Last week I wrote about the new science of self-compassion in the Washington Post blog, ‘On Parenting.’ Writing that post got me thinking about how our society treats us when we first become mothers. I wonder if this could be part of why it’s so hard for us to actually be kind to ourselves?
Think back to when you were first pregnant; a happy time filled with lots of dreams and wishes. Treating yourself well wasn’t so hard then. There was time for sleep, rest, exercise, and even the occasional massage. Of course there was room for worry too. Reading the pregnancy how-to books and blogs could be stressful but you could still find the time and space to take care of yourself.
But who or what is present in our society to celebrate us after we give birth? In other cultures, new mothers are honored and taken care of by their family and community. There is an expectation that they will be given rest, support, and some acknowledgement of their new role.
In our culture there is no ceremony to welcome a new mother rather, we are often discharged from the hospital without fanfare or follow-up. Our families often live far away and most neighborhood communities are not structured to offer that kind of support.
It can be especially hard for new mothers to think about being kind to themselves because the collective focus shifts so swiftly to the new baby. No mention is made of the seismic shift that hits when a new mother experiences interrupted sleep, sore body parts, and little or no time for self-care.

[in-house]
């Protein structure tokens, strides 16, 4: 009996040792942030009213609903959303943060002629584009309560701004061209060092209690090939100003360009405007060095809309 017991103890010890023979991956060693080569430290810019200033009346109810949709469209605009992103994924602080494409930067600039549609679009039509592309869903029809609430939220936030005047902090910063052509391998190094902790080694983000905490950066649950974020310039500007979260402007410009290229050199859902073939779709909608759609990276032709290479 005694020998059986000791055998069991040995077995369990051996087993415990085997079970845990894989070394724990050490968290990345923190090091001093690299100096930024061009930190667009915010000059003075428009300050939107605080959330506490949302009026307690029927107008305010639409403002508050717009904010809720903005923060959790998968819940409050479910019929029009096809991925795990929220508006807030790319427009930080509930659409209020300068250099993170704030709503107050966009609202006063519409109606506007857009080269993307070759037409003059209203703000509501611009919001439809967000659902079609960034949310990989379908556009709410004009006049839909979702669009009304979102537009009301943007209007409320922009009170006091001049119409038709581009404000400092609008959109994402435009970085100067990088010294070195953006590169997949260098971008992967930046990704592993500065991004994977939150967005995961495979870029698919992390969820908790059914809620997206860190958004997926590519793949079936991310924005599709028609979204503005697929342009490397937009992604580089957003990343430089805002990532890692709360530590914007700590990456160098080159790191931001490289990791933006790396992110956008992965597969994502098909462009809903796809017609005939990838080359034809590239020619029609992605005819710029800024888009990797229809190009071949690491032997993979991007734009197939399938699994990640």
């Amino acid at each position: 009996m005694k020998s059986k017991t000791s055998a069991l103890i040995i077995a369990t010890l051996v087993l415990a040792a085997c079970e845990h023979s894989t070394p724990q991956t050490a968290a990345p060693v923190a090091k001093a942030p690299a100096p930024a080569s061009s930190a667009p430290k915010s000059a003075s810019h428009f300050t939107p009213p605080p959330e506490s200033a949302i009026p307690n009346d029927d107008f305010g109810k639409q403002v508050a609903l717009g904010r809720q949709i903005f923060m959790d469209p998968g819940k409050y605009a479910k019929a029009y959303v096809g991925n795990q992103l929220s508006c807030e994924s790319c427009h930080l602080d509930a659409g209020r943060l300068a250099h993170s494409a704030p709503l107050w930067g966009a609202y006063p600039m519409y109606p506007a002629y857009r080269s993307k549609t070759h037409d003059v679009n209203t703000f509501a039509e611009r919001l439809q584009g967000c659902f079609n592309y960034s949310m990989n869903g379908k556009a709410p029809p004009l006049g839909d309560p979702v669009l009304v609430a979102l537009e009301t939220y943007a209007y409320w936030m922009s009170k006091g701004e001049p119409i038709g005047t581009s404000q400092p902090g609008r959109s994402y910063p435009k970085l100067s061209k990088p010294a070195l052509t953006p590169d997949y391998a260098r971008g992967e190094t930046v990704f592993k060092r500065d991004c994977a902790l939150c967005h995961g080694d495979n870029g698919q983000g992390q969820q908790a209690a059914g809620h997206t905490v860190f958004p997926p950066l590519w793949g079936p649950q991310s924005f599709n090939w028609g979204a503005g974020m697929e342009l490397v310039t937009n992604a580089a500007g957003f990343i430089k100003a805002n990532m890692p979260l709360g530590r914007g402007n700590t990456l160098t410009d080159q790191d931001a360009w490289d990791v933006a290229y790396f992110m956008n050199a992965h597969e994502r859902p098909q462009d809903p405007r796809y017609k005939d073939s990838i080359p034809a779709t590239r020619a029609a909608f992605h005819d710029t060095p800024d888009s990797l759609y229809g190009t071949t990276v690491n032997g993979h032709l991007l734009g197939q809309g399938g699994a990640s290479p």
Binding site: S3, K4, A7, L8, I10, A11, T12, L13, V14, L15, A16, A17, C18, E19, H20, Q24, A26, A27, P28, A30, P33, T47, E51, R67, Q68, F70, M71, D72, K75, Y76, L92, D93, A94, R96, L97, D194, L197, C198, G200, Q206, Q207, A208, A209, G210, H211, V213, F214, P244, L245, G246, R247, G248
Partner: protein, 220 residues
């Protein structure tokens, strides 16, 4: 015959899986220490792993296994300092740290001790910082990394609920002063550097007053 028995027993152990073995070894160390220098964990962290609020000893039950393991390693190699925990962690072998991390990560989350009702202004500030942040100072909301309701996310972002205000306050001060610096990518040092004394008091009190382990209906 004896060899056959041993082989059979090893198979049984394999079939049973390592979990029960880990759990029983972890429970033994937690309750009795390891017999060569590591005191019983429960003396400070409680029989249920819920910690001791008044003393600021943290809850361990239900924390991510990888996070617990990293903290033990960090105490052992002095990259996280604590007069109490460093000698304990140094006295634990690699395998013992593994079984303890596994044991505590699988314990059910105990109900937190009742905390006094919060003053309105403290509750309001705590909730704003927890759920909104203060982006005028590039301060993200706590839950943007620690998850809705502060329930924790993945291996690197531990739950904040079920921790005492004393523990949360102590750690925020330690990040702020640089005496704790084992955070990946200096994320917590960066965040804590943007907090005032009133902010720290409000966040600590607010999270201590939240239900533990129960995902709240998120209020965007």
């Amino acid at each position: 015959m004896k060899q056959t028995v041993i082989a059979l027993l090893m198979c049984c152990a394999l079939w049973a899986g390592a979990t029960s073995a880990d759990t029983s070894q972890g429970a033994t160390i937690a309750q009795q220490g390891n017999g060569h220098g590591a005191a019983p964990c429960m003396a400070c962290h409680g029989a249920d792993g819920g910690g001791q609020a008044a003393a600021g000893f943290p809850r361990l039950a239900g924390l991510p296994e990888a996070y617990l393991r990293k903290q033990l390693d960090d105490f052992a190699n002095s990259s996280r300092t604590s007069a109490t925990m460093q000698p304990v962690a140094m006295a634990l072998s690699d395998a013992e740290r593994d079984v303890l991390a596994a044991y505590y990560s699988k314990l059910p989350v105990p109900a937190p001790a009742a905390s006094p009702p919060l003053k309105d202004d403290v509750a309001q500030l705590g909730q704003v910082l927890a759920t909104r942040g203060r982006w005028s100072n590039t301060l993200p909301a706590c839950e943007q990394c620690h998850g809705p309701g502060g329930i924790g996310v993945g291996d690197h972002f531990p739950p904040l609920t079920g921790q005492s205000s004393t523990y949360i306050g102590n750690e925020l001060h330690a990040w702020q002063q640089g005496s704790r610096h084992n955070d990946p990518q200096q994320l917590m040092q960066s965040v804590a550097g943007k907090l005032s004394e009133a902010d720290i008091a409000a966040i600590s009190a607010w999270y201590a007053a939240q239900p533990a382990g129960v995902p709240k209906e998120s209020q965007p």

This is not to say that having a baby is a negative experience. Of course it isn’t. But thanks to our culture, mothers often feel wholly responsible for their new little one’s welfare. Generalizing messages like “breast is best” and other such advice do not take a mother’s particular situation into account. There is an emphasis on self-sacrifice that is almost encouraged in our society.
In this country, there are many rituals that mark the arrival of a new baby but I can’t think of one that acknowledges a new mother. The new science of self-compassion does not recommend pushing through the pain. Is it okay to be kind to ourselves while we are nurturing our children? I think so. I believe that if we want to lead healthier and happier lives we have to be kind to ourselves and engage in personal and political conversations about what mothers need.